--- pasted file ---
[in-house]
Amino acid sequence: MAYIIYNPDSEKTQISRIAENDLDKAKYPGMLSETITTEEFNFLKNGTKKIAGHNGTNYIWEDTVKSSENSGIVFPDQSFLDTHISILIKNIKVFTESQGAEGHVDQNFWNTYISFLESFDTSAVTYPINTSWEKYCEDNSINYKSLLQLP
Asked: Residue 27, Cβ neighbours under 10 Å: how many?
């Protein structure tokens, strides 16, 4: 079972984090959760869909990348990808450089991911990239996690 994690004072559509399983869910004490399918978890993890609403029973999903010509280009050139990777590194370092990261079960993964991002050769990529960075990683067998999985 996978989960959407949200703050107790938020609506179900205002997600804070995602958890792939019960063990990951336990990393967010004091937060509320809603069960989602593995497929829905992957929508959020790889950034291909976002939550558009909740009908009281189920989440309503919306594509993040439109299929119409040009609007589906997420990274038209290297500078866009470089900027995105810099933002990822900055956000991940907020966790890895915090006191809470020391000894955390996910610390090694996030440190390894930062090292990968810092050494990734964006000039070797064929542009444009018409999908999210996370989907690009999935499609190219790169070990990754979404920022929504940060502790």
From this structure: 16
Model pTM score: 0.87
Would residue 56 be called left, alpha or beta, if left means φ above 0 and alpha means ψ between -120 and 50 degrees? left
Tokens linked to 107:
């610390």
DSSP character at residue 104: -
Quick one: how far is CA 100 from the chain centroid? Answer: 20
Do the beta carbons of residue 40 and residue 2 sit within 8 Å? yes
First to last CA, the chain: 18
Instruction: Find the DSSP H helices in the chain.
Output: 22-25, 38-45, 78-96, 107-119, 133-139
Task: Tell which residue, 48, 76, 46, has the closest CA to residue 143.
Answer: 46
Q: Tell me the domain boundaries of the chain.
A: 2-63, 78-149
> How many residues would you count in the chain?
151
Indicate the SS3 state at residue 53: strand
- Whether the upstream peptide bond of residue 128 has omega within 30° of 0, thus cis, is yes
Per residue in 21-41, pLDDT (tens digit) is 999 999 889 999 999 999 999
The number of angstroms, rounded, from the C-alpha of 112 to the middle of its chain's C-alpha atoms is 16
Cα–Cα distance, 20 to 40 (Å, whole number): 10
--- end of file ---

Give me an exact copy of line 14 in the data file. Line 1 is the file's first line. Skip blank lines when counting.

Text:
Instruction: Find the DSSP H helices in the chain.